jars of jam
Packing the jam into jars for storage.

How Does Baby Pinecone Jam Taste?

The finished pinecone jam is like an herbal honey, with a slightly resinous finish. The exact flavor varies with the species used, cooking time, and growing conditions for the cones.

Can You Eat the Pinecones in Pinecone Jam?

Yes, the pinecones are edible. Although, adult pinecones and some young pinecones may be too tough to eat, depending on the weather conditions. Very young pinecones typically soften after cooking for long periods, and can be eaten.

We’ve been in near drought conditions for the last couple of months, and our cones were tough, even with extended cooking. Even after storage, these green cones did not soften.

jam in jars
You can see the red tint of the syrup in the sunlight.

Medicinal Use of Pinecone Jam and Conifers

In the eastern European regions this jam hails from, it’s treated as a health tonic, not just a condiment. Similar to elderberry syrup, a spoonful or two a day helps to boost the immune system.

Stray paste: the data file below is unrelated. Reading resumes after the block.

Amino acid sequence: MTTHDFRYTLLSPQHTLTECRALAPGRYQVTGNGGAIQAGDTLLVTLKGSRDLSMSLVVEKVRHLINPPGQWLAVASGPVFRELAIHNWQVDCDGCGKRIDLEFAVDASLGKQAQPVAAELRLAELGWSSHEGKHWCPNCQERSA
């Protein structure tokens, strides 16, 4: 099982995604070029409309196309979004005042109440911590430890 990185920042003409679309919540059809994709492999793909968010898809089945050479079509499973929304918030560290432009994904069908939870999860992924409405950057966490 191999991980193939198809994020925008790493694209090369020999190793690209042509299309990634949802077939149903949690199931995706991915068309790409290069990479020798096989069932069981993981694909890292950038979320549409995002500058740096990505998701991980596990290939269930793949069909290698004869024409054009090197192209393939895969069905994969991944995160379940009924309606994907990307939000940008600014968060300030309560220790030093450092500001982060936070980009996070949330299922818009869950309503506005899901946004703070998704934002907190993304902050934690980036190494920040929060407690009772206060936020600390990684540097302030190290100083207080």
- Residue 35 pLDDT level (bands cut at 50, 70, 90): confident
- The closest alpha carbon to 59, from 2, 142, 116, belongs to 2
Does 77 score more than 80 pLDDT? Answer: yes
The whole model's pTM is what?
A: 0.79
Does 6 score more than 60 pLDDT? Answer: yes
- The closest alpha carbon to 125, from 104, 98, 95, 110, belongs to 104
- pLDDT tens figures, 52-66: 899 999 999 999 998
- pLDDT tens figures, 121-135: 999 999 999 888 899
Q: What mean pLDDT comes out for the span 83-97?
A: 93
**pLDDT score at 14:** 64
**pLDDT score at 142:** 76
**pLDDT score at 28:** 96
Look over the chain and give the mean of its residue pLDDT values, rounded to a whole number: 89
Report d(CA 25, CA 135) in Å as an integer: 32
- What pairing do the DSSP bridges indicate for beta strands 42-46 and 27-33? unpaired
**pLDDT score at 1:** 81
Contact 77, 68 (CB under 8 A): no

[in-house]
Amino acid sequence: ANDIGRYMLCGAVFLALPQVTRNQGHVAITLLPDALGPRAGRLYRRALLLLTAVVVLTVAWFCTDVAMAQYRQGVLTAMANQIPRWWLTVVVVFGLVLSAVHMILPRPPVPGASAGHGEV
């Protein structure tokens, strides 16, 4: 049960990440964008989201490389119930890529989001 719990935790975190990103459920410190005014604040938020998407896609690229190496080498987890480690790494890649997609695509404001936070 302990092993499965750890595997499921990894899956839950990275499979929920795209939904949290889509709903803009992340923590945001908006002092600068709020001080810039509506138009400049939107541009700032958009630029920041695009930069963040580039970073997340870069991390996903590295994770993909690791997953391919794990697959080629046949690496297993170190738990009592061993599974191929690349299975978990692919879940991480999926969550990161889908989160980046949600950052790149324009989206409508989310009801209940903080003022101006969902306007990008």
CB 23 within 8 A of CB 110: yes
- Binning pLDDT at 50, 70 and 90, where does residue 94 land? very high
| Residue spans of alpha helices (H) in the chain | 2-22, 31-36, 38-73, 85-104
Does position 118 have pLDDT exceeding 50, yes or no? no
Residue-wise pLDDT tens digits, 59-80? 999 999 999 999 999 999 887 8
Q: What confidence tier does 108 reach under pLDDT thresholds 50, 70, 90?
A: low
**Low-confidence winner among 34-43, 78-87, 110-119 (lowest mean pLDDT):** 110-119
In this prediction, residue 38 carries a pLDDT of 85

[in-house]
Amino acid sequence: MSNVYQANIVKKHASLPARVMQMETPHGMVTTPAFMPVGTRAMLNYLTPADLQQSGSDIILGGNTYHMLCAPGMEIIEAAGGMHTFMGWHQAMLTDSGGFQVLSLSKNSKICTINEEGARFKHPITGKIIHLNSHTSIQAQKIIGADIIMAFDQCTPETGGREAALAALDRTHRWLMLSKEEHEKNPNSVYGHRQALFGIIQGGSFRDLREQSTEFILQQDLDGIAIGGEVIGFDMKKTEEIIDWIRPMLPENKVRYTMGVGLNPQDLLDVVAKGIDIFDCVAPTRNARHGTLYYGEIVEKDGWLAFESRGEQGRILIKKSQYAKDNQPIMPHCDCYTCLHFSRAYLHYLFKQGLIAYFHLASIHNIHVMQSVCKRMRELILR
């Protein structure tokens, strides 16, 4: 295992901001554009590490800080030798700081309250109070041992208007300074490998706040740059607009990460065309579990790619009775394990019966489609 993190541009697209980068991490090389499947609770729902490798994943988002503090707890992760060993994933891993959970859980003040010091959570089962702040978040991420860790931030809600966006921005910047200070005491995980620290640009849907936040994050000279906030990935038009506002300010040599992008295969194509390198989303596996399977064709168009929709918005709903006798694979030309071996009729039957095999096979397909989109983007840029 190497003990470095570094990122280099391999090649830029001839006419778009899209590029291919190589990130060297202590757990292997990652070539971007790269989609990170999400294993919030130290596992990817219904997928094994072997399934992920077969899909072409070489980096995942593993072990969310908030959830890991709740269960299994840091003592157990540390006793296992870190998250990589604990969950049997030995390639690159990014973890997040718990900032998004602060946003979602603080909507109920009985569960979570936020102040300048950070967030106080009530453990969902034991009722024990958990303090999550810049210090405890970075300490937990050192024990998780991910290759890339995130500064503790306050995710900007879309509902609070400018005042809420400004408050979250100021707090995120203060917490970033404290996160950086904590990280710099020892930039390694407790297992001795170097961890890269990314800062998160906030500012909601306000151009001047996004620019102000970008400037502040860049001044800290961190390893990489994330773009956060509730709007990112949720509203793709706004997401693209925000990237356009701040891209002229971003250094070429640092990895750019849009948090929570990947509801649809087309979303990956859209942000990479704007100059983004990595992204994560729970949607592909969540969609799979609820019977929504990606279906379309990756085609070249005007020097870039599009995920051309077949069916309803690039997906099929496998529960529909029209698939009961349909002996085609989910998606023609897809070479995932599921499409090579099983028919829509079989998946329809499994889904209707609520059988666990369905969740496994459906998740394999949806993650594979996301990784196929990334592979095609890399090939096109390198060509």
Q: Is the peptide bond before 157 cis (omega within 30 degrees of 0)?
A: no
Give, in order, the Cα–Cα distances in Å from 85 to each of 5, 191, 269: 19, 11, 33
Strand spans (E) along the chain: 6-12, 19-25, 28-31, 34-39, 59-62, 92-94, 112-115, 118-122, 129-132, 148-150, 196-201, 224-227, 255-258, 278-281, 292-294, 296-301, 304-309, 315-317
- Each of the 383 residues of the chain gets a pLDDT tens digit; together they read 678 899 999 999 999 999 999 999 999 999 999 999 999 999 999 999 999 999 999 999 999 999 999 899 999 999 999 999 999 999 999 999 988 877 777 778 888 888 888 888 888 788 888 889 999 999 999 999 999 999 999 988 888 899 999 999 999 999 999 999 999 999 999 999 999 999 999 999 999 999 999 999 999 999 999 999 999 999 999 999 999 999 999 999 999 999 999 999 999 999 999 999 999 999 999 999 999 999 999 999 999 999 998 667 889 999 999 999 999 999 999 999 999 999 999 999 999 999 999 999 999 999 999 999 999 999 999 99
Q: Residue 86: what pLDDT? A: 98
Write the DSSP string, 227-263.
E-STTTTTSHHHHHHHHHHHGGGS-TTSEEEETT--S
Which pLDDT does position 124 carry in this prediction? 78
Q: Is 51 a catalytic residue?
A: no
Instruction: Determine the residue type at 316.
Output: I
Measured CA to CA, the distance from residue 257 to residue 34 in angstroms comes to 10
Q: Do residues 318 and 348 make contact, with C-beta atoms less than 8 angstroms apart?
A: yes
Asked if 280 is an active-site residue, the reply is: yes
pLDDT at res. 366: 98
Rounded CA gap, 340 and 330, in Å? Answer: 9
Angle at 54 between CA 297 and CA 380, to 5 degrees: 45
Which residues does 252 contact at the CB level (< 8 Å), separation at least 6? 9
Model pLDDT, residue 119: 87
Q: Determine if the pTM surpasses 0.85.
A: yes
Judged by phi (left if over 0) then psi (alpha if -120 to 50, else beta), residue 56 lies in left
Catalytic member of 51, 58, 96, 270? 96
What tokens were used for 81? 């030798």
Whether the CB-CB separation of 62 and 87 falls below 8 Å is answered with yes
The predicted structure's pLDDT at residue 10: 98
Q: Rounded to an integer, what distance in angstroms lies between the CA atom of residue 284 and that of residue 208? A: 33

Recent research takes a closer look at the phytochemicals in conifers, noting high levels of alkaloids, terpenes and polyphenols.

The article “Conifers Phytochemicals: A Valuable Forest with Therapeutic Potential” highlights some of the potential benefits.

  • Terpenes – antiviral, anti-inflammatory, neuroprotective, anticancer, antioxidant
  • Alkaloids – antitumor, anti-hyperglycemic, antibacterial
  • Polyphenols – antioxidants, antidiabetic, antimicrobial, neuroprotective

Another study looking at the antioxidant properties of conifer cones found the small green cones had the highest antioxidant values.

If you have access to healthy conifer trees, it’s definitely worth using them for herbal remedies.

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Sweet & Aromatic Pinecone Jam

5 Stars 4 Stars 3 Stars 2 Stars 1 Star

5 from 2 reviews

This richly scented jam smells like Christmas on your stove top. It’s good paired with mellow, creamy cheese, or taken by the spoonful as a winter tonic.

  • Author: Laurie Neverman
  • Yield: 7 cups 1x

Ingredients

Units Scale
  • About 2 pounds small green cones (~5 cups)
  • 3 pounds organic cane sugar
  • 4 cups water

Instructions

Making the jam is simple, but requires several rounds of cooking and cooling, so plan ahead. It’s best to start early in the day when you have other tasks nearby. I ended up doing half the cooking one evening and finishing the next morning.

Rinse any debris off your cones, and then put them in a large pot with the sugar and water. Put the pot on the stove, stir until the sugar is dissolved, and bring to a boil. Cook at a moderate boil for 15-20 minutes, stirring occasionally. Remove from heat and allow to cool.